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Offender gets chance to turn his life around

Thursday 3 August 2023 | Written by Rashneel Kumar | Published in Court, National


Offender gets  chance to turn  his life around

A 22-year-old facing burglary and willful damage charges was handed a 12 months supervised probation sentence with first six months to be served on community service.

Tupouatimo Hagai Noa appeared before Judge Justice Dame Judith Potter for sentencing in the Cook Islands High Court on Tuesday.

Noa, who was represented by lawyer Lavi Rokoika, faced burglary, willful damage and five contempt of court charges. The Crown was represented by senior counsel Jamie Crawford.

The court heard that on November, 14, 2021 at 4am, the defendant, accompanied by an associate, parked their bike beside the Matex Trading Complex in Arorangi and attempted to open the backdoor of the store with the Kō (coconut husking spear).

When the two failed to gain access, they returned to the front of the store and attempted to force open the ANZ ATM machine by “stabbing into the machine with the Kō”.

The defendant then broke the glass of the front door of the shop with the Kō, in the process hurt his right hand, and gained access to the premises. He stole from the fridge a carton of beer, the court heard. The defendant left the Kō behind the counter area of the shop and left a trail of blood from the injured hand as he returned to the motorbike where his accomplice was waiting.

Noa pleaded guilty to the principal charges earlier this year and entered guilty pleas to the contempt of court charges on Tuesday.

The maximum penalty for the burglary charge is 10 years in prison, and for willful damage, the imprisonment sentence is no more than three years. The penalty for contempt of court is six months in prison or a fine of $100 for each charge.

The defendant had paid $3200 in reparation to ANZ in August last year. The court heard that there was an outstanding reparation of $305 for damage to the shop front window.

Justice Potter raised concerns regarding the frequent contempt of court charges. “My concern is whether there’s any motivation to adhere to the conditions imposed,” she said.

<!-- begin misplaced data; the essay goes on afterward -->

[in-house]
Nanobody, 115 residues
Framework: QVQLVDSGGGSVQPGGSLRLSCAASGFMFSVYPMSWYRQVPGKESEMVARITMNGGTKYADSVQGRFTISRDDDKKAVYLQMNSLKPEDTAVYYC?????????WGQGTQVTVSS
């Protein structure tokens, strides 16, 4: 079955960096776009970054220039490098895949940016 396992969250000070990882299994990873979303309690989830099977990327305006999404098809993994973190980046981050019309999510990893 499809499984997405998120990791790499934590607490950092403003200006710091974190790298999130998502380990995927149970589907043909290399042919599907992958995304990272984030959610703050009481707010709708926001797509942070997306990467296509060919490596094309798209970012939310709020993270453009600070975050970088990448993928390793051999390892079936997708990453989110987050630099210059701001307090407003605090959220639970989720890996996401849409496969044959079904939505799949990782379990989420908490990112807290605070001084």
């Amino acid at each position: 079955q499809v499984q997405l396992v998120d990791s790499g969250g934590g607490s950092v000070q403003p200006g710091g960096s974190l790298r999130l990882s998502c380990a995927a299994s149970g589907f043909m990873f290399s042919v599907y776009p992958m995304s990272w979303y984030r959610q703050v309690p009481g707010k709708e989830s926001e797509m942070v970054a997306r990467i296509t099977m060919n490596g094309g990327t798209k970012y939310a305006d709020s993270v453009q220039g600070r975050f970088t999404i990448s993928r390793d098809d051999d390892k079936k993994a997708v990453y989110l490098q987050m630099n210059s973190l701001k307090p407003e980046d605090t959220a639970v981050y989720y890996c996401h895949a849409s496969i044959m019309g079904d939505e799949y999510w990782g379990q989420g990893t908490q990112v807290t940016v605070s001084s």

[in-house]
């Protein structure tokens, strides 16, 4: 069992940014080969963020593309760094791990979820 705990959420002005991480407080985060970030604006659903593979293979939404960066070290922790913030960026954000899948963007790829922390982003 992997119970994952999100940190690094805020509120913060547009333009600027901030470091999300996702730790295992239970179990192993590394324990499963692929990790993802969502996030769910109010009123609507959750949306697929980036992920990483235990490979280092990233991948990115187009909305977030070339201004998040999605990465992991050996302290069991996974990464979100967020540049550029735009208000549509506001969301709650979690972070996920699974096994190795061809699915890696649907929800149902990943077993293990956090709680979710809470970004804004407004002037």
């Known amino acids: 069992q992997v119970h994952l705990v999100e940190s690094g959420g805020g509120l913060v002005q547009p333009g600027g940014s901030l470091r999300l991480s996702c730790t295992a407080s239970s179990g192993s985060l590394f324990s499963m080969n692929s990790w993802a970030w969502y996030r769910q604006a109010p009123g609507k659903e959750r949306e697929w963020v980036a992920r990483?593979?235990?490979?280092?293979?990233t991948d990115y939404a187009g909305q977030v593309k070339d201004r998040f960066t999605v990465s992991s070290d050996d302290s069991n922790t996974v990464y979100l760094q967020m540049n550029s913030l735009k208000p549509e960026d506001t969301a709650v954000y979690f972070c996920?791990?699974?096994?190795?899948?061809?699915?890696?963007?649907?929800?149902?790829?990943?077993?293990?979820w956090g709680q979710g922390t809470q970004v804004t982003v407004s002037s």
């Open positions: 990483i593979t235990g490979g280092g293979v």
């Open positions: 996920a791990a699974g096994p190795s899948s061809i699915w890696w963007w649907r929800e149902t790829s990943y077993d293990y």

The court heard that the contempt of court charges was related to the breaches in bail conditions – consuming alcohol.

Crawford said alcohol was a problem as noted by the defendant’s (ex) partner.

Justice Potter said a “constructive” probation report referred to strong family relationship of the defendant with his parents and siblings who provide ongoing support. He has a daughter who is approaching a year old.

The probation assessed the defendant being “low risk of reoffending” and recommended a sentence of 12 months’ probation supervision with the first six months served as community service and subject to specified conditions.

The Crown in its submission said that the offending was “substantially unsophisticated” and had caused extensive damage to the ATM machine.

The court heard that Noa has no previous conviction and “is genuinely remorseful for his actions and also for the embarrassment it has caused to his family”.

Considering the defendant is relatively young and this being his first offence, the Crown asked the court to impose the probation sentence in lieu of the prison sentence.

The defence submitted that the court should adopt probation and rehabilitation principles in sentencing “in order to deter the defendant from further offending and give him another chance in life”.

In her sentencing, Justice Potter told the defendant: “You’re at a crossroads in your life, your counsel urges that the court exercises your discretion to impose on you a sentence short of imprisonment. The Crown responsibly does not oppose this approach.”

“While noting that imprisonment is the usual response to burglary offending, you have the advantage of a supportive family, you have the responsibility of a beautiful young daughter and only if you can straighten out your life will you go forward. You’re employed and you have the support of your employer. There is lot going for you, you have a real opportunity to turn your life around and benefit those who love you.

“On the other hand, you can choose a downward trend and you have been doing that too successfully I have to say – that would result in frequent breaches and brushes with the law, grief, disappointment and worse for you and your family. “The choice is yours. I will give you a chance today, it is a last chance and you cannot expect leniency from the court should you offend again. It is entirely up to you.”

Noa was sentenced to 12 months’ probation with supervision and first six months to be served on community service.

The conditions imposed for the duration of the probation sentence were not to purchase or consume alcohol, not to enter any liquor licence premises such as bars or nightclub, not to leave the Cook Islands without approval of the High Court and take recommendations of Probation Service concerning ongoing counselling in relation to alcohol.

“It’s not a condition but I will add, it’s a common-sense warning – don’t go around to the homes and places of mates who are drinking alcohol because you will be surely tempted,” Justice Potter said.

Noa was also convicted of five contempt of court charges and discharged and ordered to pay $305 reparation for the damage to Matex shop.